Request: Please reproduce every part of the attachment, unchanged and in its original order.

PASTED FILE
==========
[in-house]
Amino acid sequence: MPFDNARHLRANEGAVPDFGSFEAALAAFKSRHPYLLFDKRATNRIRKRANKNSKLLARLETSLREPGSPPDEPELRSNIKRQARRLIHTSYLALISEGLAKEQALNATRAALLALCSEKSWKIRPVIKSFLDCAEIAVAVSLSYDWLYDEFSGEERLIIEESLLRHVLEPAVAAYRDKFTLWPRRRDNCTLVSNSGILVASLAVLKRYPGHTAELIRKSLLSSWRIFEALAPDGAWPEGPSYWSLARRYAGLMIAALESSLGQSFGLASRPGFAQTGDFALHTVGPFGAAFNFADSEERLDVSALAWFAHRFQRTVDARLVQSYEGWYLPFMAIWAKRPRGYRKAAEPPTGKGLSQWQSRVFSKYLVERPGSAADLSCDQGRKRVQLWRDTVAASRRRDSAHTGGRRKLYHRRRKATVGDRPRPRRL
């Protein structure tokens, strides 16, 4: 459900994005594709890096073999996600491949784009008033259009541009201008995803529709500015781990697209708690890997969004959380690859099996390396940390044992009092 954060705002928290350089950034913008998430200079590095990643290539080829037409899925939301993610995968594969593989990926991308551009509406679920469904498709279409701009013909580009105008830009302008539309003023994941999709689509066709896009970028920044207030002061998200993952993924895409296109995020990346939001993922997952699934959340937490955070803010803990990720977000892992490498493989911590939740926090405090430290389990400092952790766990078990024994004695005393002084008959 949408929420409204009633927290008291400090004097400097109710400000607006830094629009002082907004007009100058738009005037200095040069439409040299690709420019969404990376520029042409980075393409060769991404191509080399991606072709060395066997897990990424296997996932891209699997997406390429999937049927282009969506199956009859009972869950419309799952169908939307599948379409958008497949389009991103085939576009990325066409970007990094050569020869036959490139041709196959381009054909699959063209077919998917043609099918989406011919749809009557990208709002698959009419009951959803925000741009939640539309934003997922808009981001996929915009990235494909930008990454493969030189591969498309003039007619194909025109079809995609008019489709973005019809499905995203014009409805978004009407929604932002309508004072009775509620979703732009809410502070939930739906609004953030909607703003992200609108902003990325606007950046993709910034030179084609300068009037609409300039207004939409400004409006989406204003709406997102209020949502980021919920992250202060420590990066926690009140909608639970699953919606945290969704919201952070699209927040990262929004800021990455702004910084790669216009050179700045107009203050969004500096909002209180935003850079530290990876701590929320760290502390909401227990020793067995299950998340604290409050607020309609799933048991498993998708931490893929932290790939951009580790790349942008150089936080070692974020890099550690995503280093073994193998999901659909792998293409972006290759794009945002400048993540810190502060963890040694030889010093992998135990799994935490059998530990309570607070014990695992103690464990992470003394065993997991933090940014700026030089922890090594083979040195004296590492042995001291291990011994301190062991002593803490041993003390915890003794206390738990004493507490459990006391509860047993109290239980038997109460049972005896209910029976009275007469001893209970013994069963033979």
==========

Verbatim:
[in-house]
Amino acid sequence: MPFDNARHLRANEGAVPDFGSFEAALAAFKSRHPYLLFDKRATNRIRKRANKNSKLLARLETSLREPGSPPDEPELRSNIKRQARRLIHTSYLALISEGLAKEQALNATRAALLALCSEKSWKIRPVIKSFLDCAEIAVAVSLSYDWLYDEFSGEERLIIEESLLRHVLEPAVAAYRDKFTLWPRRRDNCTLVSNSGILVASLAVLKRYPGHTAELIRKSLLSSWRIFEALAPDGAWPEGPSYWSLARRYAGLMIAALESSLGQSFGLASRPGFAQTGDFALHTVGPFGAAFNFADSEERLDVSALAWFAHRFQRTVDARLVQSYEGWYLPFMAIWAKRPRGYRKAAEPPTGKGLSQWQSRVFSKYLVERPGSAADLSCDQGRKRVQLWRDTVAASRRRDSAHTGGRRKLYHRRRKATVGDRPRPRRL
């Protein structure tokens, strides 16, 4: 459900994005594709890096073999996600491949784009008033259009541009201008995803529709500015781990697209708690890997969004959380690859099996390396940390044992009092 954060705002928290350089950034913008998430200079590095990643290539080829037409899925939301993610995968594969593989990926991308551009509406679920469904498709279409701009013909580009105008830009302008539309003023994941999709689509066709896009970028920044207030002061998200993952993924895409296109995020990346939001993922997952699934959340937490955070803010803990990720977000892992490498493989911590939740926090405090430290389990400092952790766990078990024994004695005393002084008959 949408929420409204009633927290008291400090004097400097109710400000607006830094629009002082907004007009100058738009005037200095040069439409040299690709420019969404990376520029042409980075393409060769991404191509080399991606072709060395066997897990990424296997996932891209699997997406390429999937049927282009969506199956009859009972869950419309799952169908939307599948379409958008497949389009991103085939576009990325066409970007990094050569020869036959490139041709196959381009054909699959063209077919998917043609099918989406011919749809009557990208709002698959009419009951959803925000741009939640539309934003997922808009981001996929915009990235494909930008990454493969030189591969498309003039007619194909025109079809995609008019489709973005019809499905995203014009409805978004009407929604932002309508004072009775509620979703732009809410502070939930739906609004953030909607703003992200609108902003990325606007950046993709910034030179084609300068009037609409300039207004939409400004409006989406204003709406997102209020949502980021919920992250202060420590990066926690009140909608639970699953919606945290969704919201952070699209927040990262929004800021990455702004910084790669216009050179700045107009203050969004500096909002209180935003850079530290990876701590929320760290502390909401227990020793067995299950998340604290409050607020309609799933048991498993998708931490893929932290790939951009580790790349942008150089936080070692974020890099550690995503280093073994193998999901659909792998293409972006290759794009945002400048993540810190502060963890040694030889010093992998135990799994935490059998530990309570607070014990695992103690464990992470003394065993997991933090940014700026030089922890090594083979040195004296590492042995001291291990011994301190062991002593803490041993003390915890003794206390738990004493507490459990006391509860047993109290239980038997109460049972005896209910029976009275007469001893209970013994069963033979």